To compensate for the lack of partition, the company is using new, tighter packs that keep bottles from clanging against one another. New Belgium ran a test of 2,500 cases with the new packaging and reported there was no complaints or breakage issues. The company's variety Folly Packs will still have cardboard partitions because they are hand packed.
The packaging reduction is part of New Belgium's plan to reduce its carbon dioxide equivalent emission per barrel or beer by 25 percent by 2015, explained in its first sustainability report released this year. In a lifecycle analysis of a 6-pack, the company found that 48 percent of its carbon footprint is from raw and packaging materials, 5 percent is from brewing and 47 percent is from downstream impacts, the majority of which is due to retail refrigeration.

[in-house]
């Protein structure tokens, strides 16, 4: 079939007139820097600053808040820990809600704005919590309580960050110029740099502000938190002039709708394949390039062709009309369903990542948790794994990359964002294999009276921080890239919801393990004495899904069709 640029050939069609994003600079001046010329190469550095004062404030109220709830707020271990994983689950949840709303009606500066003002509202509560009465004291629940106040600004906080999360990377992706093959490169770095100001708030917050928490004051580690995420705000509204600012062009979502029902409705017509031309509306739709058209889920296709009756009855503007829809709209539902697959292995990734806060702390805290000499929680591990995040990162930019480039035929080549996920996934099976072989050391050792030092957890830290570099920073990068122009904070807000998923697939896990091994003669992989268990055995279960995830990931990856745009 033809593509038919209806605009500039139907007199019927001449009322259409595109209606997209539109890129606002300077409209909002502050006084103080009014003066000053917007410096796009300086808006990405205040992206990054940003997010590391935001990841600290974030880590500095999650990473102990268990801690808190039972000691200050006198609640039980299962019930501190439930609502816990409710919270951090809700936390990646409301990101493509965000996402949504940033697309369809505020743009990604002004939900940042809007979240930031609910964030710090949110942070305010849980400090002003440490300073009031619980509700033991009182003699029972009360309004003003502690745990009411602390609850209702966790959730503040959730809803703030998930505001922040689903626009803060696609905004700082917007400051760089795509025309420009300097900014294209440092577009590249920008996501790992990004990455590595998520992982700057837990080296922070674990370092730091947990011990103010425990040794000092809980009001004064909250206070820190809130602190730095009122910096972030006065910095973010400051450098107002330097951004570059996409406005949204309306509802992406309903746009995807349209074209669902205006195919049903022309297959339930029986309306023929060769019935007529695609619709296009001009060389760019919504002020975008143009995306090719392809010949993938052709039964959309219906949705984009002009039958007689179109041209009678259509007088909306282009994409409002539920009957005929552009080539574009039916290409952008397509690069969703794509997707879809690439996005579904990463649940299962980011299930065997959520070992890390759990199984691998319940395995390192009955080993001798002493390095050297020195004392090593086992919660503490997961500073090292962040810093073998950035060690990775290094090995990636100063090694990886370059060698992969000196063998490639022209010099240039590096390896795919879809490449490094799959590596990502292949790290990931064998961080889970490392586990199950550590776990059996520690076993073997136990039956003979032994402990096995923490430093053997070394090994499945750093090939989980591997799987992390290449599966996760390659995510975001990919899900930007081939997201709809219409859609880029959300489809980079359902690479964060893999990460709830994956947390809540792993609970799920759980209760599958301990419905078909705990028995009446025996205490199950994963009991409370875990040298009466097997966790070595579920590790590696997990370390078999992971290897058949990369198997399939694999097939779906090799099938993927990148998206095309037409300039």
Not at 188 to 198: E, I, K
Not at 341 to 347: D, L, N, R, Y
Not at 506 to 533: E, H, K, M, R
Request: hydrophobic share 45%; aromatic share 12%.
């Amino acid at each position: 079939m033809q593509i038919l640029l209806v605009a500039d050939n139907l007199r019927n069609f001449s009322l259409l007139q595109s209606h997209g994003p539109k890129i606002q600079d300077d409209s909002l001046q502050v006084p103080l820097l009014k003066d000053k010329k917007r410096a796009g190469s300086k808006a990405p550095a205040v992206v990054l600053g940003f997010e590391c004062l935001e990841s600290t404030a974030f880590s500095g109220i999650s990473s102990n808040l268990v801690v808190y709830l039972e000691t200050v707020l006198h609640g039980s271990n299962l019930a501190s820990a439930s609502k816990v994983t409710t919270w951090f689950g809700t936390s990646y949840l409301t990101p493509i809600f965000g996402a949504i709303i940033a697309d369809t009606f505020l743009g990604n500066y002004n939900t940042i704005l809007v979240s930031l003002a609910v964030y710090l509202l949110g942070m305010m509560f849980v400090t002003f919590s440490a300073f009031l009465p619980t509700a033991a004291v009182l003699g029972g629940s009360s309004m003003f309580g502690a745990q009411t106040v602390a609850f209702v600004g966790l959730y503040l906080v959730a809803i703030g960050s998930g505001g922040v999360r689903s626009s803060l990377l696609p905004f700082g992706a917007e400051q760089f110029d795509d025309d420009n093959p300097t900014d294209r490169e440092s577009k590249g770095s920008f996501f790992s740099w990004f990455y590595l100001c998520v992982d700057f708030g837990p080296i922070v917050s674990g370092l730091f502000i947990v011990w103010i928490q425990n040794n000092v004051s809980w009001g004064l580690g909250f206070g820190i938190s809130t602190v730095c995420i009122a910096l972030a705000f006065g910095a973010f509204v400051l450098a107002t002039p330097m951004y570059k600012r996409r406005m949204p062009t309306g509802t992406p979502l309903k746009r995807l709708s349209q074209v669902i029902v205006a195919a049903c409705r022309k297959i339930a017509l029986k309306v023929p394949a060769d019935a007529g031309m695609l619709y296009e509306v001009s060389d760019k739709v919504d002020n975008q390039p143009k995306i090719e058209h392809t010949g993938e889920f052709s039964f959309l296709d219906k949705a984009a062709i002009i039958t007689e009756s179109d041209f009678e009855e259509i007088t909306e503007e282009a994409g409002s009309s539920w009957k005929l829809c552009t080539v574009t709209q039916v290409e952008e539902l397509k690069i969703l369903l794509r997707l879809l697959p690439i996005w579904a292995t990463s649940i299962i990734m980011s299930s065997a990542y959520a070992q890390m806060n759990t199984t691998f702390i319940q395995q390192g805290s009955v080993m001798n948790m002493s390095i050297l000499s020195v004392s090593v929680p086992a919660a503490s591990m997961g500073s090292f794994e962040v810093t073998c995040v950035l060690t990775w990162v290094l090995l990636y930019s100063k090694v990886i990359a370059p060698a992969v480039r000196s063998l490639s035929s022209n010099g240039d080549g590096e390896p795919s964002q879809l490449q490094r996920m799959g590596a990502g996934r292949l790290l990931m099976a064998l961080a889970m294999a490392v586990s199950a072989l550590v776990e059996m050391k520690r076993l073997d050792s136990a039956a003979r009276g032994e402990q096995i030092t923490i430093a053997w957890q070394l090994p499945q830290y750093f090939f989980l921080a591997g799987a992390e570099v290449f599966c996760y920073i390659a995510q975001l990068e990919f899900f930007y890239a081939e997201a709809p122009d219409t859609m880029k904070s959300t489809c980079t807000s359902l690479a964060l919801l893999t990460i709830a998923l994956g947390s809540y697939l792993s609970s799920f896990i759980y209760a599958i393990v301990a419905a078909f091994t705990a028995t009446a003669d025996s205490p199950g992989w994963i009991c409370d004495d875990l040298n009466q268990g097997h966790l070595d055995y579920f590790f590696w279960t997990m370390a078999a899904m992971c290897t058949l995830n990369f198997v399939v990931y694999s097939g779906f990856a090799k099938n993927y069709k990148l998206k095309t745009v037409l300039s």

Based on its lifecycle analysis, the company plans to investigate ways to cut down on its carbon dioxide equivalent emissions by looking into switching to organic malt, decreasing the amount of energy wasted by in-store refrigeration and increasing the amount of recycled glass available for bottle making. New Belgium's bottles are made only 20 miles from its bottling plant, but the bottles on average have less than 10 percent recycled content due to a lack of amber glass recycling.
New Belgium gets all of its energy from renewable sources, a mix of wind power connected to the grid the company is on and renewable energy credits for wind power and landfill gas elsewhere. Over the next three years, New Belgium will install $4 million worth of energy load-shedding and on-site generation thanks to a grant from the Department of Energy to Fort Collins and a number of companies partnering with the city. New Belgium will install solar photovoltaic and additional co-generation systems, and metering and energy controls. Half of the funding will come from the Department of Energy, and New Belgium and in-kind donations will cover 25 percent of the costs each.